The Ravenna Colt, "Slight Spell"
In 1902, University of Pennsylvania professor Dennis Magner wrote The Art of Taming and Educating the Horse. In it, Magner describes an interesting case of The Ravenna Colt, a virtually untamable, yet not necessarily barbarous animal.
The Ravenna Colt, in today’s incarnation, is Johnny Quaid finally realizing and returning to his troubadour roots. He first conceptualized the group’s approach to alternative country more than a decade ago. Quaid was well immersed in music, from his own songwriting and performing, to his work as a recording engineer at Above the Cadillac Studios — chops that would serve the young songwriter well.
In 1998 Johnny joined Jim James on a project that would change their lives — My Morning Jacket. The group worked feverishly touring and recording and has not slowed down since. Quaid lends his guitar licks and engineering style on the first three albums, The Tennessee Fire, At Dawn, It Still Moves, as well as a barrage of EPs and singles. Quaid departed from the group amicably at the start of 2004.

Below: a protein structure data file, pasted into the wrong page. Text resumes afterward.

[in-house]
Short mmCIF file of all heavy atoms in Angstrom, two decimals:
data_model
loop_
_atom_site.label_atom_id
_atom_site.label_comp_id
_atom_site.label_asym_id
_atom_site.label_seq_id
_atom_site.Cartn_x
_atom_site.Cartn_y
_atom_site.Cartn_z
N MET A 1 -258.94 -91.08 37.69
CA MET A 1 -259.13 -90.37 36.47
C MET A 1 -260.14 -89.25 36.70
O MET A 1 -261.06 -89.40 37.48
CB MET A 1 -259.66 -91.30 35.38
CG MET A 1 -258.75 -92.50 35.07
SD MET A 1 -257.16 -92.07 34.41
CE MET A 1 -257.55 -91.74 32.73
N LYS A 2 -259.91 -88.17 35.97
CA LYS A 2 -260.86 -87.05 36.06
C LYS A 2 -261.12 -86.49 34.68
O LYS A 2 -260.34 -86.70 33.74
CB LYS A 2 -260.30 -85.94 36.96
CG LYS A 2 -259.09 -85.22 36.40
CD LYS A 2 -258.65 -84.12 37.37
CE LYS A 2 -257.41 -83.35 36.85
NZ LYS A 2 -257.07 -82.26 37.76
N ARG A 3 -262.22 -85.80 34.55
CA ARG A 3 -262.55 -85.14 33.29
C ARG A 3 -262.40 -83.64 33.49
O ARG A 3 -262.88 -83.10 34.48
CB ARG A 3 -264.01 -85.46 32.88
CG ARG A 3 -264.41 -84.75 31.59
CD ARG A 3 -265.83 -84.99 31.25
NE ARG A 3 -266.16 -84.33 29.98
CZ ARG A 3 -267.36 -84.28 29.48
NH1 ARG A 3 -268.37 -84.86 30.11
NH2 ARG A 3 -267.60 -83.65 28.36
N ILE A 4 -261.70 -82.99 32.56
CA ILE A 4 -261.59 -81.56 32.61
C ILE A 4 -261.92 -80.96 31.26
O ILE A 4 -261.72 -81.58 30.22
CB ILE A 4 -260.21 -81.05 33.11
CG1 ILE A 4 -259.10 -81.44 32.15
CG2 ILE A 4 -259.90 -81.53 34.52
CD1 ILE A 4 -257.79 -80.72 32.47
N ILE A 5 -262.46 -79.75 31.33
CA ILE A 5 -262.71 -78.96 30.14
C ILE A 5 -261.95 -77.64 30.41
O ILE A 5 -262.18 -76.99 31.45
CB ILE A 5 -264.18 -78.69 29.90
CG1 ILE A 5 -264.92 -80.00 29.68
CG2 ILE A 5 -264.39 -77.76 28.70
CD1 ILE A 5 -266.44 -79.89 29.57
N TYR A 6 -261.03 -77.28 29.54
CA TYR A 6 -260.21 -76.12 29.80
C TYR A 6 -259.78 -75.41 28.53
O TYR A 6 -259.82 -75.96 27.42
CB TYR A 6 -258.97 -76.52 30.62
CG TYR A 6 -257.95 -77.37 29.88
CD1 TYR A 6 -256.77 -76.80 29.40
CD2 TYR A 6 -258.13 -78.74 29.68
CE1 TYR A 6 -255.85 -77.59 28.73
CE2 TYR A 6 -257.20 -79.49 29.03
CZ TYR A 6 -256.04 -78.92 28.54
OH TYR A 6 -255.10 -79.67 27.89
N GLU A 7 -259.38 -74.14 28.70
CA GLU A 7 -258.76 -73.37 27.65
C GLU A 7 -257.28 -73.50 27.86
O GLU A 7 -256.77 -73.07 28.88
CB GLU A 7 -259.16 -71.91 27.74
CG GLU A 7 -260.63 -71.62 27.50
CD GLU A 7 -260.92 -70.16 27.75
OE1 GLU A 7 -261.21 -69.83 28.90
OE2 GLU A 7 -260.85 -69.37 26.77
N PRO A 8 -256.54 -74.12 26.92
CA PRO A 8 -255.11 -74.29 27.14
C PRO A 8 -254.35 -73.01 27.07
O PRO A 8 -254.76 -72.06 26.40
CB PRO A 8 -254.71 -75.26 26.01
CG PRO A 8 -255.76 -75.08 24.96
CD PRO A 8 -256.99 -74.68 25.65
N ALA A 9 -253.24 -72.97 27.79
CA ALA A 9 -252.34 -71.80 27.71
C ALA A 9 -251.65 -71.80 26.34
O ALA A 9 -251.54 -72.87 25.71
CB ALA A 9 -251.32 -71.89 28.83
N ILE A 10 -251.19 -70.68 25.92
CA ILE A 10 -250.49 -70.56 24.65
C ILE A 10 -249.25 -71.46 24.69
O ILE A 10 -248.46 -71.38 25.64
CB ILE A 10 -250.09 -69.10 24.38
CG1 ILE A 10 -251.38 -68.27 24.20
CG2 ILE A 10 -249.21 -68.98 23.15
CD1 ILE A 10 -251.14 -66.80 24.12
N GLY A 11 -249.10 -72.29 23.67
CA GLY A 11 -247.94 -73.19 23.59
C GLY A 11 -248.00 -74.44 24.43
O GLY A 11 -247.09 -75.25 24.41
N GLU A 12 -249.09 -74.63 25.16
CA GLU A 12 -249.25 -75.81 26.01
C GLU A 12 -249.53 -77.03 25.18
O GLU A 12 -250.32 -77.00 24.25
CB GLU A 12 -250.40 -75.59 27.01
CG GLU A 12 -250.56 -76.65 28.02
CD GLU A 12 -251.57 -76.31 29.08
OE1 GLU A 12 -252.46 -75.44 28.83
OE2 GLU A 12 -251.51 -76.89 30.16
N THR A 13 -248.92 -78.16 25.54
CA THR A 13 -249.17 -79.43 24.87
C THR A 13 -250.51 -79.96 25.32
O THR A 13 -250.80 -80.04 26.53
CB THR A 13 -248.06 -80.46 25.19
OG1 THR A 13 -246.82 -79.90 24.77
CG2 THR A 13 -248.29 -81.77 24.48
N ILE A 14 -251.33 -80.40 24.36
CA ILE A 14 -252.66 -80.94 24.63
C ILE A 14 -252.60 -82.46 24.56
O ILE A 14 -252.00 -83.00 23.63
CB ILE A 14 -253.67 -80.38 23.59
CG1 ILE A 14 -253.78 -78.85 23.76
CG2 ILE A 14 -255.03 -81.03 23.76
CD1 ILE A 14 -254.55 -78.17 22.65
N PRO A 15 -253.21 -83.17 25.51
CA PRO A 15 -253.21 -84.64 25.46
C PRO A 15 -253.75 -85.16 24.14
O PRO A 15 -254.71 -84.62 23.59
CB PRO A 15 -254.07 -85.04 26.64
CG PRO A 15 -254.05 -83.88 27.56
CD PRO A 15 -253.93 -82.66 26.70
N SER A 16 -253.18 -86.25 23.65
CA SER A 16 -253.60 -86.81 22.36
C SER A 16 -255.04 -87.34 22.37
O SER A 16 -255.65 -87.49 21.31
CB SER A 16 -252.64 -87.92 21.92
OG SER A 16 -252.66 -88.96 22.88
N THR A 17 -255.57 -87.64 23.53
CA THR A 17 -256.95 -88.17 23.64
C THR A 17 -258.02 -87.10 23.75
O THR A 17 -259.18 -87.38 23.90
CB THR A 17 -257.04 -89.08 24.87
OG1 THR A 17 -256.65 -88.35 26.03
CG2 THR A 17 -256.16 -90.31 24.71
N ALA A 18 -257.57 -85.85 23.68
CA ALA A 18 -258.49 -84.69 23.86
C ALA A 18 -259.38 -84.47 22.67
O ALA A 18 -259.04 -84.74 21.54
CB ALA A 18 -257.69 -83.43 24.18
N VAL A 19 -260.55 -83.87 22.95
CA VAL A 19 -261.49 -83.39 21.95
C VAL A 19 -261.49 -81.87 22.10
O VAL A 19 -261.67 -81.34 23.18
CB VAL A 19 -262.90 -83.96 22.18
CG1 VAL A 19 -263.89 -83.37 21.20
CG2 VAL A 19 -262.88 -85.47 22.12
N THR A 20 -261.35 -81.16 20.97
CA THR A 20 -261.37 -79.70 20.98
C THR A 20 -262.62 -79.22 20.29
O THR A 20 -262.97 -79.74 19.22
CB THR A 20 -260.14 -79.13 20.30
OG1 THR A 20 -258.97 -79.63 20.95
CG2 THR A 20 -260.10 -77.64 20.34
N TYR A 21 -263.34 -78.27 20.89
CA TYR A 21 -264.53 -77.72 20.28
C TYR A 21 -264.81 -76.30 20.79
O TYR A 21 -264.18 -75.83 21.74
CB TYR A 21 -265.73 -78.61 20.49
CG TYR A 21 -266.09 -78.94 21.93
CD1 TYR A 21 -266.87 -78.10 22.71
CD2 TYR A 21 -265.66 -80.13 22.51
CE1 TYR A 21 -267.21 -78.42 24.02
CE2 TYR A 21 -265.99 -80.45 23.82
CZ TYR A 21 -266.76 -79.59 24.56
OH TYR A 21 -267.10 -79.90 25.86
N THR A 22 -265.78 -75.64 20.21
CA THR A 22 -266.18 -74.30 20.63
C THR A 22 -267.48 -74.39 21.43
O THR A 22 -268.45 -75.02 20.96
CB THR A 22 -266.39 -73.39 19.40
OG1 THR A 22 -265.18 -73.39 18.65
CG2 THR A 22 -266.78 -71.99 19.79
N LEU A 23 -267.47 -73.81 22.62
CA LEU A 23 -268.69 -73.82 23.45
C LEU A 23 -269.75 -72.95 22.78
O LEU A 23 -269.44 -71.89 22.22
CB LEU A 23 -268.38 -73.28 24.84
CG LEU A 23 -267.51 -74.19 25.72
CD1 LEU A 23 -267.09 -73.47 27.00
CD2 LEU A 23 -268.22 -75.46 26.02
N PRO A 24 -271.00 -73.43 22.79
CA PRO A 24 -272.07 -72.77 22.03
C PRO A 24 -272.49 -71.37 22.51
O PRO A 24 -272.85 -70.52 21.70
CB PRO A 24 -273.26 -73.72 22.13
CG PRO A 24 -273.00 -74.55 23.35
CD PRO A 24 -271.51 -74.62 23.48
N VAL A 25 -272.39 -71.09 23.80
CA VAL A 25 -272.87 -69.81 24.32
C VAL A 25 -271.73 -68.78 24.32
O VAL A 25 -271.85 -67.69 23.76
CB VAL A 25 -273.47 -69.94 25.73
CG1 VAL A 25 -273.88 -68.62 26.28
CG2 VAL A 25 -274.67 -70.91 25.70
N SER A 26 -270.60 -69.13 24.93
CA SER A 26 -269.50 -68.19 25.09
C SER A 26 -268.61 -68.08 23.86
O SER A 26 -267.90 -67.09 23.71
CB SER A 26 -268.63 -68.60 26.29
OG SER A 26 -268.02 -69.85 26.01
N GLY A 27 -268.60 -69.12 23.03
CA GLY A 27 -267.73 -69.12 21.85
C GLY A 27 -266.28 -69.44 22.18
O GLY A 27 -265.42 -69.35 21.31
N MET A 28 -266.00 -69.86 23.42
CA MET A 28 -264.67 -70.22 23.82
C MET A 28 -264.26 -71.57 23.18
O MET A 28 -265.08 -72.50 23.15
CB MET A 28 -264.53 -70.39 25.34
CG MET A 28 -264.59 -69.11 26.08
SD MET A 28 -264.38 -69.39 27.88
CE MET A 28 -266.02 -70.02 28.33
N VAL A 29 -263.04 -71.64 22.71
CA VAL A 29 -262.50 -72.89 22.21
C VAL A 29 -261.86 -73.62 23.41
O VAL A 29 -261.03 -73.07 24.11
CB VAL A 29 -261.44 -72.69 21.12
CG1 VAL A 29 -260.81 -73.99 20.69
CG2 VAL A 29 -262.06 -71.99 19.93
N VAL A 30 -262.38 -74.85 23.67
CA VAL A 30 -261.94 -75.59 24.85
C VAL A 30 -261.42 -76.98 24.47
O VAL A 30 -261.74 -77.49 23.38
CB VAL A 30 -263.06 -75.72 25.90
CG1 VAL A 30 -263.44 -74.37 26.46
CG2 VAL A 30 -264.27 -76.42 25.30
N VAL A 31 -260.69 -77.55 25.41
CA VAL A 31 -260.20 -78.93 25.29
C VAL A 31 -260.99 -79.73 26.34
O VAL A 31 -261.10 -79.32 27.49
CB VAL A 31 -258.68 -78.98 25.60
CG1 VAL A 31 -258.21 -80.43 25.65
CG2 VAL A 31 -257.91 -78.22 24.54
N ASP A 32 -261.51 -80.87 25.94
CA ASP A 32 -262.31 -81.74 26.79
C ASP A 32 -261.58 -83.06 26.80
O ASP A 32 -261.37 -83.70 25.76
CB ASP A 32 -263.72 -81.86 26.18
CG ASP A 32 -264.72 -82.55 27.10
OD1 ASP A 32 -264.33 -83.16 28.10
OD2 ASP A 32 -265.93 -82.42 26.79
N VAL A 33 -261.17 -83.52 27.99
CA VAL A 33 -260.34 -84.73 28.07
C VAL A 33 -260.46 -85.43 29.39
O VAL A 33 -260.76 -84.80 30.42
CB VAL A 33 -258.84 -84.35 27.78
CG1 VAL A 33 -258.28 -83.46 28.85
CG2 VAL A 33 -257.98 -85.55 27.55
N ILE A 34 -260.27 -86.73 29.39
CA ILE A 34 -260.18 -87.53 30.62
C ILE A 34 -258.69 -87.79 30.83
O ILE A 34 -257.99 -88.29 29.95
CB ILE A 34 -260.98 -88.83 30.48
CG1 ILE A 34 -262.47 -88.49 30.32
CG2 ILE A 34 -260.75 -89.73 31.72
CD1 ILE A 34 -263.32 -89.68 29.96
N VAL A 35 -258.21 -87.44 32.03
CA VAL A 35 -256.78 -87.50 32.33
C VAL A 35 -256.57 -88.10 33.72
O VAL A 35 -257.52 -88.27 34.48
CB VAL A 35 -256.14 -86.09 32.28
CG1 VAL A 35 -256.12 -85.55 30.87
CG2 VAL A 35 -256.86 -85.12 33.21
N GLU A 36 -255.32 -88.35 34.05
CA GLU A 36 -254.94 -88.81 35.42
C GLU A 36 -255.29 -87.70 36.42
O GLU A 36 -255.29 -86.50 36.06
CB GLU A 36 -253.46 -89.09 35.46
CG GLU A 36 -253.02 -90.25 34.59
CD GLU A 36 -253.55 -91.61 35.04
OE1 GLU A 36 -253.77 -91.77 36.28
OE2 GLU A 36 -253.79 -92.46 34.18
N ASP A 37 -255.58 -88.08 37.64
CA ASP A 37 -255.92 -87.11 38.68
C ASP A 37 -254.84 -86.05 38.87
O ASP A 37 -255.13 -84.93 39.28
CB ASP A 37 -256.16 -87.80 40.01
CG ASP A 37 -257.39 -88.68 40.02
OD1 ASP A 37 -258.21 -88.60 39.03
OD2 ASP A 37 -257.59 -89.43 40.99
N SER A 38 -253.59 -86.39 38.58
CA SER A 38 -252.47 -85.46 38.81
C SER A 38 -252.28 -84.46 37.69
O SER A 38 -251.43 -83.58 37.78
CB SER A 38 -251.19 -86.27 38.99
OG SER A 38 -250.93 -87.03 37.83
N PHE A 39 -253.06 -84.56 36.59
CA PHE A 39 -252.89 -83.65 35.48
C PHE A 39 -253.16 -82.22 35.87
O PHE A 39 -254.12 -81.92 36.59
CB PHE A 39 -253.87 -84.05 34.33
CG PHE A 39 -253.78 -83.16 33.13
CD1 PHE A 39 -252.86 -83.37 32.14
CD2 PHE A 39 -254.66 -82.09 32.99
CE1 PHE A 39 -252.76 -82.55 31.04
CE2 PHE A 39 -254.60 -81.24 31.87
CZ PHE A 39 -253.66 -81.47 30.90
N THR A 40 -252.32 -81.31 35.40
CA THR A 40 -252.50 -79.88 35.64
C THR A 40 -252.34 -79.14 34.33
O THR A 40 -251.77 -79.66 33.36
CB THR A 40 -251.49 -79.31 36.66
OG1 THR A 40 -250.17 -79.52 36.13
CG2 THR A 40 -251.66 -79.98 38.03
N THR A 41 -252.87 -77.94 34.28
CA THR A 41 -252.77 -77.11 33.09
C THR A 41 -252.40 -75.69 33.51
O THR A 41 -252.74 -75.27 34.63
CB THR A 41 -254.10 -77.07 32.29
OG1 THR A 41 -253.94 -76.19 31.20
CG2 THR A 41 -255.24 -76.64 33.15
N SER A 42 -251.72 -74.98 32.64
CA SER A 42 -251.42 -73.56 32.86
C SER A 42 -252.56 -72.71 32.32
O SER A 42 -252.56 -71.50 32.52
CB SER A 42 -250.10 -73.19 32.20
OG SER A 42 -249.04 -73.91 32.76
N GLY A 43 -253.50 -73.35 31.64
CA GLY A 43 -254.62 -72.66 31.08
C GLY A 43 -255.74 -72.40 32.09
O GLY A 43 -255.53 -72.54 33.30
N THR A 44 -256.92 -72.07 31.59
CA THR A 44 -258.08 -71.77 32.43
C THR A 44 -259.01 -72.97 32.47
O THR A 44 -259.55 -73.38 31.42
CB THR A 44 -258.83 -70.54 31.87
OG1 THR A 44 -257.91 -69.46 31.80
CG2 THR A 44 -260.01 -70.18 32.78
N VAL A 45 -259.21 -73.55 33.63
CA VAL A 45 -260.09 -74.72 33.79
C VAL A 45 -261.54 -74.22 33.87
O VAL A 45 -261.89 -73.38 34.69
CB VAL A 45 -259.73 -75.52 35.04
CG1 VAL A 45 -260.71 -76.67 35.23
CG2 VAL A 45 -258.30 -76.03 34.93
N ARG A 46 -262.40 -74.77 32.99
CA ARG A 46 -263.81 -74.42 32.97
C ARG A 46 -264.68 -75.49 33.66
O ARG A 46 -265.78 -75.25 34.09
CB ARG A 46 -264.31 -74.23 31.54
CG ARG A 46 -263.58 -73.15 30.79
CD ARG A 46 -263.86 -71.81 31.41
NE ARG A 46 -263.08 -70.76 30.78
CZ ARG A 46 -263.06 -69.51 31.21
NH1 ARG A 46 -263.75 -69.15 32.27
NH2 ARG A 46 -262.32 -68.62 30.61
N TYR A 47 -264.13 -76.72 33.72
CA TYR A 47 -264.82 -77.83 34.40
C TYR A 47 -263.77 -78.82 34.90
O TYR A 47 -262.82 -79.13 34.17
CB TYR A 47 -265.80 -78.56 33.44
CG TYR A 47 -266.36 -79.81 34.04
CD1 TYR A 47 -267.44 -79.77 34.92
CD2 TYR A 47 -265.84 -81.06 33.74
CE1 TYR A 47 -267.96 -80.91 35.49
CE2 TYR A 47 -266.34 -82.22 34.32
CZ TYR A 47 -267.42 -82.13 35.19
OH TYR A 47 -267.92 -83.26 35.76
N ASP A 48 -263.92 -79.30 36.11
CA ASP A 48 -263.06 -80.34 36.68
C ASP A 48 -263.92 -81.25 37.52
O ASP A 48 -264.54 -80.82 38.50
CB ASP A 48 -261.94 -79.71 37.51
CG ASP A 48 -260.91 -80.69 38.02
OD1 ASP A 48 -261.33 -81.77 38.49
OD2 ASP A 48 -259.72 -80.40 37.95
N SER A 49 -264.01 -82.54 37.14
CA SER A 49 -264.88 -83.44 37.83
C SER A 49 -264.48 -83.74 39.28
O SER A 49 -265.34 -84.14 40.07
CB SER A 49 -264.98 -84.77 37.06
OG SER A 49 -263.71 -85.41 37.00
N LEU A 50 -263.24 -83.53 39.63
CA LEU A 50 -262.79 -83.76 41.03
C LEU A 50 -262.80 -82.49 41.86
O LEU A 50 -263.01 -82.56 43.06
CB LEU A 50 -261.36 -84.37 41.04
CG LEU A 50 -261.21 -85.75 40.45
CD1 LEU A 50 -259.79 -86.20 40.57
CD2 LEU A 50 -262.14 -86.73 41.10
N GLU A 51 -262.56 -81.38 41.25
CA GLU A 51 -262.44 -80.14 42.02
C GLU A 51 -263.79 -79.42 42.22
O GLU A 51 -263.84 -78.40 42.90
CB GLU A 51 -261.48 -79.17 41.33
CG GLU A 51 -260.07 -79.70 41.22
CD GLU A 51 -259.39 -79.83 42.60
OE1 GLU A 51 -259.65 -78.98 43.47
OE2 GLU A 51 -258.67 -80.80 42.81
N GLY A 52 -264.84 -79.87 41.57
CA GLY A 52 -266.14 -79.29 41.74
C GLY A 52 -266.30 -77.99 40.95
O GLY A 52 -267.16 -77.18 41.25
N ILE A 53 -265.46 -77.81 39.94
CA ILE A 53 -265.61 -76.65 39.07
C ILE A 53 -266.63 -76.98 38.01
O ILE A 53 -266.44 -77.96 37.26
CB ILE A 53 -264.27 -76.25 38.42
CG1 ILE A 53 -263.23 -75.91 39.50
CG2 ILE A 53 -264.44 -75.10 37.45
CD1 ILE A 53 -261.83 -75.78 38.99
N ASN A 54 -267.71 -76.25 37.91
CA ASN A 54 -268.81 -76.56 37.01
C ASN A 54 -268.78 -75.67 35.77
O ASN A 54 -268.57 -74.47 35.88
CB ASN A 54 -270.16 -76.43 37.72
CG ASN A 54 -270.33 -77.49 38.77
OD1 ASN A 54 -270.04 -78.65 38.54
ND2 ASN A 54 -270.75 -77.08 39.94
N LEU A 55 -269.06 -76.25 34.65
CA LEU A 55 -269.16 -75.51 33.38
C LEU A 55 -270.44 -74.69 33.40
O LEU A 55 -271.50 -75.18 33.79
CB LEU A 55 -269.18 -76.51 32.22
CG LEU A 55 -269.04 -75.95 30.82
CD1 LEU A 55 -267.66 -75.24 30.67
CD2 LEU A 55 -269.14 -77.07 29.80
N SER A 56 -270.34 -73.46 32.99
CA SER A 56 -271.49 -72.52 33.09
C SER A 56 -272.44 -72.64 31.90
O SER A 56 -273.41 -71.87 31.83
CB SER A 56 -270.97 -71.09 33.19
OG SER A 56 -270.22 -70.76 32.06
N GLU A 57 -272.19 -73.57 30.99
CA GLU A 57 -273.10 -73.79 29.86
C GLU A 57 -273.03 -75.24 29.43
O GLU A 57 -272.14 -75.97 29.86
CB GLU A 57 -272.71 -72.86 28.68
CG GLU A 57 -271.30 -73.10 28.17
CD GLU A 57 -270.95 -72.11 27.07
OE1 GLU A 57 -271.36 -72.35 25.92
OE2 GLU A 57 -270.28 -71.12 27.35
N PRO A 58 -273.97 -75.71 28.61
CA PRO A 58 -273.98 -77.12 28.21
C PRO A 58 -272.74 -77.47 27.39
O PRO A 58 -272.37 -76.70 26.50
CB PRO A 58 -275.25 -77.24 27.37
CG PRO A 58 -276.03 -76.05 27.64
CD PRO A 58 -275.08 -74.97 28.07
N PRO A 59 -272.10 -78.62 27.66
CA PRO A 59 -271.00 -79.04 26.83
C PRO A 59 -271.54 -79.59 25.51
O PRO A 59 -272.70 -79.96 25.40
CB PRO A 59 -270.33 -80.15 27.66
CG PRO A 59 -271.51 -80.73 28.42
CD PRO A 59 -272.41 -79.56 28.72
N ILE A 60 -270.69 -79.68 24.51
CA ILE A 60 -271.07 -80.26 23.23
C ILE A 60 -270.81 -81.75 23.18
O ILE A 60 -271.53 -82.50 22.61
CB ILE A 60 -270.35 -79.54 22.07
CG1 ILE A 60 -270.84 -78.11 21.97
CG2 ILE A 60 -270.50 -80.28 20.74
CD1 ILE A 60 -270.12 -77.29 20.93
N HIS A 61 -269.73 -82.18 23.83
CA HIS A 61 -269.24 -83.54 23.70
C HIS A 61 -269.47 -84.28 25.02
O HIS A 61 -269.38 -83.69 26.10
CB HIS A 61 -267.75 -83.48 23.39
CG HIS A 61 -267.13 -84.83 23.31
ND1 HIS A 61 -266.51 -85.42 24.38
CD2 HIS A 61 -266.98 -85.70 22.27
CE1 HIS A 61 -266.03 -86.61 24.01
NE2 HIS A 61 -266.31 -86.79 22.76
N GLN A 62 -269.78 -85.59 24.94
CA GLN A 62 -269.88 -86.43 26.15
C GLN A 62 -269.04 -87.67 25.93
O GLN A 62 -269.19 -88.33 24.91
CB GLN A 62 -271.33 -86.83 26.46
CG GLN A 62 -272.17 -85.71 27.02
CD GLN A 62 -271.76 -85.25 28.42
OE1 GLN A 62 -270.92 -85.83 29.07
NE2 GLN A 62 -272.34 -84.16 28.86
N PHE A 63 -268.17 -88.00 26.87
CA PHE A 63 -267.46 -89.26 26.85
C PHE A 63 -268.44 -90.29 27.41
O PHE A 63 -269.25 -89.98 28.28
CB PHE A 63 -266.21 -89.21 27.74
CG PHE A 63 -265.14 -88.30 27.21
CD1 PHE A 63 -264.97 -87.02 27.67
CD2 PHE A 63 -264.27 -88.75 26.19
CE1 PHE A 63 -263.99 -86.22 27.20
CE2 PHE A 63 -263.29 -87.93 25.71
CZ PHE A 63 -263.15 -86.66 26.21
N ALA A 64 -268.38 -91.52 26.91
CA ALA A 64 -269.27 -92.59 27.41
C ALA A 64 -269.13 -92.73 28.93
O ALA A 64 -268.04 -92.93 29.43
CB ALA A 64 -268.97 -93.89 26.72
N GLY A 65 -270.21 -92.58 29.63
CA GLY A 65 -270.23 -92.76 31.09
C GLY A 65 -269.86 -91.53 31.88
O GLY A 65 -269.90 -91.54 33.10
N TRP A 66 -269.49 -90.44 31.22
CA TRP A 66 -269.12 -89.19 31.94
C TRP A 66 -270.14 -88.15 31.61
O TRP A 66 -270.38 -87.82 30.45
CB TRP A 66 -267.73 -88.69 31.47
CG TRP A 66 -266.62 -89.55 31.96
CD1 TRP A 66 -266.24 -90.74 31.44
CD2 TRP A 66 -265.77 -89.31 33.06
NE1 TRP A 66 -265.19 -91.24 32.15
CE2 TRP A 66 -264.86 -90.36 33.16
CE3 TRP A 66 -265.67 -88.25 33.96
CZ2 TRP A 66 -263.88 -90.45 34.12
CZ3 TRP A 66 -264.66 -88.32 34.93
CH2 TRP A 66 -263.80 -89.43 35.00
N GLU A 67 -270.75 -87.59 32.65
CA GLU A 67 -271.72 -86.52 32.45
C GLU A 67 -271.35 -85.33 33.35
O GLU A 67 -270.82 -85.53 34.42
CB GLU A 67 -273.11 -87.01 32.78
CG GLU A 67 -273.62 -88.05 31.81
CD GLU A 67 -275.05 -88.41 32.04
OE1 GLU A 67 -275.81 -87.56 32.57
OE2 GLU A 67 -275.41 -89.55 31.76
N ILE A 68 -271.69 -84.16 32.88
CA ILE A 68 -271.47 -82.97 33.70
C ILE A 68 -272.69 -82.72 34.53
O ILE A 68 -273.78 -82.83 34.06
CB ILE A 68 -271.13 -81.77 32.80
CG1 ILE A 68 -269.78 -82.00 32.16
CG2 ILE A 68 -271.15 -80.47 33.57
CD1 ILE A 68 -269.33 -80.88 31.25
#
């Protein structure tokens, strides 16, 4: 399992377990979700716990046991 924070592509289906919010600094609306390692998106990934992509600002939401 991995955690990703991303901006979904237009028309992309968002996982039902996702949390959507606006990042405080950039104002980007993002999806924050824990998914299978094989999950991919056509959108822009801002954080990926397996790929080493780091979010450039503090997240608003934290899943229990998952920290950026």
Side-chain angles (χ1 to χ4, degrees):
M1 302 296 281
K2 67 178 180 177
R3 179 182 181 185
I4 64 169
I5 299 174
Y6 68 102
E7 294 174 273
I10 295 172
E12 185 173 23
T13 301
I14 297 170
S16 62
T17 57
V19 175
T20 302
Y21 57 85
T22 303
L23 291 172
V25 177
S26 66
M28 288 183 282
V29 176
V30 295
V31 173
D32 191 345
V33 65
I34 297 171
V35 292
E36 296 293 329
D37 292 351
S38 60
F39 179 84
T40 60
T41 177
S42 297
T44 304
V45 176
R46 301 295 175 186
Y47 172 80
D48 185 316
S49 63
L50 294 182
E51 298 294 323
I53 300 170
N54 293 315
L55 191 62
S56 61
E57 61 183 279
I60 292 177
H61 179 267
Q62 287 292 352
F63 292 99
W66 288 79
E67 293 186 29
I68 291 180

He left his native Kentucky, headed west to California and worked as a carpenter while keeping a writer’s pen at hand. He addresses this immediately on “South Of Ohio,” singing I lost my drawl in California. It was upon moving back east that Johnny not only picked up where he left off with Above the Cadillac, but also felt it was time to get The Colt running free.
You hear myriad influences in The Ravenna Colt’s debut album Slight Spell. “According to the Matador” combines Flying Burrito Brothers’ dark, spacious twang with a traditional folk in the vein of Townes Van Zandt and Bob Dylan. The reverberated swamp boogie “Forsake and Combine” evokes southern rock with a delicate, thinking man’s edge. The dreamy and windswept “Loner in Disguise” truly highlights the cosmic in Gram Parson’s description of insurgent country as “cosmic American music.” The first 500 LPs are hand-numbered and include a free download of the full album. Digital available via Removador Recordings & Solutions.
The songs are tinged with a southern twang that leaves a sense of fascination and longing for a bygone era that may or may not have ever existed. —December’s Children